Dr. Oz’s “It’s Not Me” Campaign is a Sad Attempt to Clear His Name from Products He’s Endorsed

  • Dr. Mehmet Oz appeared on the Today Show this morning to discuss a new campaign he’s launching to address an issue that’s caused some confusion amongst his fans as to which products he endorses.
  • The campaign is called “It’s Not Me” and is seeking to fight against brands illegally using his name to endorse their products. “I don’t sell any products,” said Dr. Oz. “If you see my name next to a product being sold to you, they’re lying to you.” Dr. Oz reports that he has teamed up with Google, Facebook and other large “internet vendors” to address this issue.
  • Dr. Oz considers supplement ads to be most concerning because they’re potentially dangerous when mixed with medications, something the average consumer is not educated on. “Someone, I believe, will die this year because of some of these fraudulent ads,” he said.
  • “On the show we talk about general brands of products, we never endorse a specific brand,” he said. Dr. Oz claims that he does not make any money off of or endorse any products on his show. However, he oftentimes devotes an entire episode to talking about the newest and hottest miracle pill, such as Qnexa, which he referred to as “The Silver Bullet.” Anything he mentions, people will buy: that’s the problem. This is a concerning topic we discussed in “The Six Miracle Diets Dr. Oz Tried to Sell us in 2024.”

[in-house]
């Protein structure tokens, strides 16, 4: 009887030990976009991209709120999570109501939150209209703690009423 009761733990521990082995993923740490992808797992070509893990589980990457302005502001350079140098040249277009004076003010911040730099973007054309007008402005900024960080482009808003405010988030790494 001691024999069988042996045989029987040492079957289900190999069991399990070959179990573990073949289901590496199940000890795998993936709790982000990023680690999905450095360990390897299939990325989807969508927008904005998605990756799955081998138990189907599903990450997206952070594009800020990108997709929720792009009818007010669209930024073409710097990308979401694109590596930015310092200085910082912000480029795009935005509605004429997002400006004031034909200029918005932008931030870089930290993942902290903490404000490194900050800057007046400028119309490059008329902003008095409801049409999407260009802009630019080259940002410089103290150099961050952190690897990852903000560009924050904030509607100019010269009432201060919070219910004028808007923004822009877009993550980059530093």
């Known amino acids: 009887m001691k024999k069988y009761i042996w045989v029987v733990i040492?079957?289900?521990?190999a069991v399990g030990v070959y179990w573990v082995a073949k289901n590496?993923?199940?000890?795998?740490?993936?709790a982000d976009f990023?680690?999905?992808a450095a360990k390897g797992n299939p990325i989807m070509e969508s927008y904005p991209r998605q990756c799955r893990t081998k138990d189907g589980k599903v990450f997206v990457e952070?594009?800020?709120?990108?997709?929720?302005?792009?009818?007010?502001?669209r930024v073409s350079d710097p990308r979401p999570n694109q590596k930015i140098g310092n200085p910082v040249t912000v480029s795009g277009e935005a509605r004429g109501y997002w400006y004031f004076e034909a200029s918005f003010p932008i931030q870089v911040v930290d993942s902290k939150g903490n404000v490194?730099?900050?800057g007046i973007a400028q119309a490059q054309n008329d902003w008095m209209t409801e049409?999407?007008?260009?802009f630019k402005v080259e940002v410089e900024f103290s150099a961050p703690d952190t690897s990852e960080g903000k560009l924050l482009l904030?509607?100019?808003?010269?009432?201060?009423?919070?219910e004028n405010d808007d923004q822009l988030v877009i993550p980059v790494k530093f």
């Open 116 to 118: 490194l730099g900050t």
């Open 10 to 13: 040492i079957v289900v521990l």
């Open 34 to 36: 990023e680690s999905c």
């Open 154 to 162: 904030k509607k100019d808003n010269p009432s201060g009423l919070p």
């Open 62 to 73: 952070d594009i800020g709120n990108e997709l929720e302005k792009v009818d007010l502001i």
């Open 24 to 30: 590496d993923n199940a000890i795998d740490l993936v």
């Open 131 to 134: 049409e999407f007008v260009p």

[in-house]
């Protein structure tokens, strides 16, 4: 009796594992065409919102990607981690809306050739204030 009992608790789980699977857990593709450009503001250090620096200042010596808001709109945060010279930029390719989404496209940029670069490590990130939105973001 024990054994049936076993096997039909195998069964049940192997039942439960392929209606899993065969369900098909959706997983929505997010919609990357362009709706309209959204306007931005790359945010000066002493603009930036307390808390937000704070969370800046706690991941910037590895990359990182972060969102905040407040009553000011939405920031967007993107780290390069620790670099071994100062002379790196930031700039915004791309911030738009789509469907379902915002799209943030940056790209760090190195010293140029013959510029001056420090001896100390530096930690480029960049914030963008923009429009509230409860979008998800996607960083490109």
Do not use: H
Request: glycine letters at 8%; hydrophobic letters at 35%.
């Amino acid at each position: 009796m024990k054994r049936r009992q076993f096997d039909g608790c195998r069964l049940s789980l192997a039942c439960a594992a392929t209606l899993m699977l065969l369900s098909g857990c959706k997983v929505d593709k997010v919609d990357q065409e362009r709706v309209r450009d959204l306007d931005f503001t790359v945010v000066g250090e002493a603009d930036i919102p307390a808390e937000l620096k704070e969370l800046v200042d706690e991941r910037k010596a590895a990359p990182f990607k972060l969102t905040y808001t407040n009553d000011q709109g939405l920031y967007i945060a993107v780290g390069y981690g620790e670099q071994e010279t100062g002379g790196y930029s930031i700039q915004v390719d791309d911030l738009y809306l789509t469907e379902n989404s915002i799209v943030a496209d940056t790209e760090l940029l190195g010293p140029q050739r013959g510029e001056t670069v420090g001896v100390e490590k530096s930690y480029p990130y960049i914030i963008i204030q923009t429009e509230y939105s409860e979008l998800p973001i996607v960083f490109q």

• While Dr. Oz claims he doesn’t endorse any products, one of his most recent shows focused entirely on a new trend: relaxation drinks. Such drinks include brands “Solixir’s Relax, ViB (Vacation in a Bottle), and iChill Relaxation Shot, all of which claim to help users sleep better and feel more relaxed.

Of these products, our resident dietitian Mary Hartley, RD said: “The ingredients, such as chamomile, valerian rose hips, yerba mate, lemon balm, and others (over 20 different herbs are used among the four beverages) are popular traditional herbal alternatives to prescription medications. They are considered to be safe in reasonable doses, but studies of effectiveness are scarce and varied. Like many herbal products (and Dr. Oz-endorsed products), they might help or might not, but they are not likely to hurt. Herbs, however, can trigger side effects and can interact with other herbs, supplements, or medications. For these reasons, you should take herbs under the supervision of a health care provider.”

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